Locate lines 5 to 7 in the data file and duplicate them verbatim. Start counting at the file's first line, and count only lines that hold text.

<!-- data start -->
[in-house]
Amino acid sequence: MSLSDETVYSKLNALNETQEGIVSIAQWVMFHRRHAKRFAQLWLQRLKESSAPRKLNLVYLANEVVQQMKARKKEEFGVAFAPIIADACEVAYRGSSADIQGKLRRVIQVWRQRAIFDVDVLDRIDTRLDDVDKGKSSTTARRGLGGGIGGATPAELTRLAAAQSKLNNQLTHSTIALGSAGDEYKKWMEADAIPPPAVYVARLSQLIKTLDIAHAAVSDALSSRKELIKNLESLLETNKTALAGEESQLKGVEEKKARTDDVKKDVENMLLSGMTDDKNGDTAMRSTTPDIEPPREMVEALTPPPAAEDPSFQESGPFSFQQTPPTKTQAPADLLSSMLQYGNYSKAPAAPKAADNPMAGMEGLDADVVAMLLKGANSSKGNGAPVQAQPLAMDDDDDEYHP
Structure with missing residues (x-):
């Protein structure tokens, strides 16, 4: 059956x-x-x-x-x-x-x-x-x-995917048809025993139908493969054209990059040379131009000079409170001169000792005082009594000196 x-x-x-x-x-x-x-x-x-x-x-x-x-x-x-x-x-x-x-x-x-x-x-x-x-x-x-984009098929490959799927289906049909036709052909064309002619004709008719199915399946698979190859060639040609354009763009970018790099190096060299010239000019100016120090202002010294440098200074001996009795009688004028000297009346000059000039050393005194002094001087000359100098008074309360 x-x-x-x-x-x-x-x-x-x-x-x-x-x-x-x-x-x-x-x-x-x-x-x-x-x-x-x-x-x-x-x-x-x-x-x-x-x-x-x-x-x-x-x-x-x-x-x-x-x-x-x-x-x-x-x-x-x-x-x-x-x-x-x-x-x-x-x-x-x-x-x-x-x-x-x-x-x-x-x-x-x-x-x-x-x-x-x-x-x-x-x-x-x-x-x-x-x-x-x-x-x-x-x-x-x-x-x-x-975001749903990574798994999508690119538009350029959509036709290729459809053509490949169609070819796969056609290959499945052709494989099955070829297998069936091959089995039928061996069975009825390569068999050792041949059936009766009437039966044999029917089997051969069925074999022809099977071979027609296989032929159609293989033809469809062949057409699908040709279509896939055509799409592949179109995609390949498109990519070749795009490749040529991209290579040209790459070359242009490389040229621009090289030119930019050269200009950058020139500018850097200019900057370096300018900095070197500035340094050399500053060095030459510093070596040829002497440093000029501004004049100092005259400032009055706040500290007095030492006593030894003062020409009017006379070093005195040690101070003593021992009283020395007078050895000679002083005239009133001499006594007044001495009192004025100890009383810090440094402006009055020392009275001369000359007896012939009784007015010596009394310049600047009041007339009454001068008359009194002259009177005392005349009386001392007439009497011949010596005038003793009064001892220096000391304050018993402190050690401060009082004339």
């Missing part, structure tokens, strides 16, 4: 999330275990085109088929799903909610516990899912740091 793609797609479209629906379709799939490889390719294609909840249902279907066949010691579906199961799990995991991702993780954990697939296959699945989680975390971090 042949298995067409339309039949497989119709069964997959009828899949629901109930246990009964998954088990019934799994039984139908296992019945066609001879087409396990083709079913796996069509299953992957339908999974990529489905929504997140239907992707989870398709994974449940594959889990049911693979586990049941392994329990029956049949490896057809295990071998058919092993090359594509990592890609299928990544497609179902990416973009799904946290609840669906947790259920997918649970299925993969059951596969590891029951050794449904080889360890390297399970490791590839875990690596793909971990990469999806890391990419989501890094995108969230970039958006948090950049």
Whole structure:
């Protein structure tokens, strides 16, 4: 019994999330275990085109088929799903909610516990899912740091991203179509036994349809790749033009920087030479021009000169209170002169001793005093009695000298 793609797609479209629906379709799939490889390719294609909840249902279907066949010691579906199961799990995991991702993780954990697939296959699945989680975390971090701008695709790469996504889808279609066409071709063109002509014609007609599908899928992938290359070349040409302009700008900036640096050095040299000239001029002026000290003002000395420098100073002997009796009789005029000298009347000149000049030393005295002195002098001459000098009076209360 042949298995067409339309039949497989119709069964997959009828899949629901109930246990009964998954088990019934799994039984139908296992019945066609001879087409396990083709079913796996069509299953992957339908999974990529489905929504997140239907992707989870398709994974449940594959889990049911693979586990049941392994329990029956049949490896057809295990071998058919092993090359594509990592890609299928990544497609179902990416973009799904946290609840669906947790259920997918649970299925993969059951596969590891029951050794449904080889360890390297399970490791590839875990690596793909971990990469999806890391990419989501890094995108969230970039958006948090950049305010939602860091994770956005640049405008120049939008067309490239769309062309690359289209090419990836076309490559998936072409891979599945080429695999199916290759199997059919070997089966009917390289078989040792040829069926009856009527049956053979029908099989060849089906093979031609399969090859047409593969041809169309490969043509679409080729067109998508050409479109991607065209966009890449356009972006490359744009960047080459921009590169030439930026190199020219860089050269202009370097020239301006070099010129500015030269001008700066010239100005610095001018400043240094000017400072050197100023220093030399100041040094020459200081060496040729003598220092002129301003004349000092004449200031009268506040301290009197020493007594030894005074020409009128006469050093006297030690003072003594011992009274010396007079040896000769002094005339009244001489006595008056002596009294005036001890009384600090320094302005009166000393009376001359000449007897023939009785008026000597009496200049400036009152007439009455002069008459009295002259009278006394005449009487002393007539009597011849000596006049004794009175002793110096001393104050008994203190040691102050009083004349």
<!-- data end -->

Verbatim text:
């Missing part, structure tokens, strides 16, 4: 999330275990085109088929799903909610516990899912740091 793609797609479209629906379709799939490889390719294609909840249902279907066949010691579906199961799990995991991702993780954990697939296959699945989680975390971090 042949298995067409339309039949497989119709069964997959009828899949629901109930246990009964998954088990019934799994039984139908296992019945066609001879087409396990083709079913796996069509299953992957339908999974990529489905929504997140239907992707989870398709994974449940594959889990049911693979586990049941392994329990029956049949490896057809295990071998058919092993090359594509990592890609299928990544497609179902990416973009799904946290609840669906947790259920997918649970299925993969059951596969590891029951050794449904080889360890390297399970490791590839875990690596793909971990990469999806890391990419989501890094995108969230970039958006948090950049």
Whole structure:
């Protein structure tokens, strides 16, 4: 019994999330275990085109088929799903909610516990899912740091991203179509036994349809790749033009920087030479021009000169209170002169001793005093009695000298 793609797609479209629906379709799939490889390719294609909840249902279907066949010691579906199961799990995991991702993780954990697939296959699945989680975390971090701008695709790469996504889808279609066409071709063109002509014609007609599908899928992938290359070349040409302009700008900036640096050095040299000239001029002026000290003002000395420098100073002997009796009789005029000298009347000149000049030393005295002195002098001459000098009076209360 042949298995067409339309039949497989119709069964997959009828899949629901109930246990009964998954088990019934799994039984139908296992019945066609001879087409396990083709079913796996069509299953992957339908999974990529489905929504997140239907992707989870398709994974449940594959889990049911693979586990049941392994329990029956049949490896057809295990071998058919092993090359594509990592890609299928990544497609179902990416973009799904946290609840669906947790259920997918649970299925993969059951596969590891029951050794449904080889360890390297399970490791590839875990690596793909971990990469999806890391990419989501890094995108969230970039958006948090950049305010939602860091994770956005640049405008120049939008067309490239769309062309690359289209090419990836076309490559998936072409891979599945080429695999199916290759199997059919070997089966009917390289078989040792040829069926009856009527049956053979029908099989060849089906093979031609399969090859047409593969041809169309490969043509679409080729067109998508050409479109991607065209966009890449356009972006490359744009960047080459921009590169030439930026190199020219860089050269202009370097020239301006070099010129500015030269001008700066010239100005610095001018400043240094000017400072050197100023220093030399100041040094020459200081060496040729003598220092002129301003004349000092004449200031009268506040301290009197020493007594030894005074020409009128006469050093006297030690003072003594011992009274010396007079040896000769002094005339009244001489006595008056002596009294005036001890009384600090320094302005009166000393009376001359000449007897023939009785008026000597009496200049400036009152007439009455002069008459009295002259009278006394005449009487002393007539009597011849000596006049004794009175002793110096001393104050008994203190040691102050009083004349």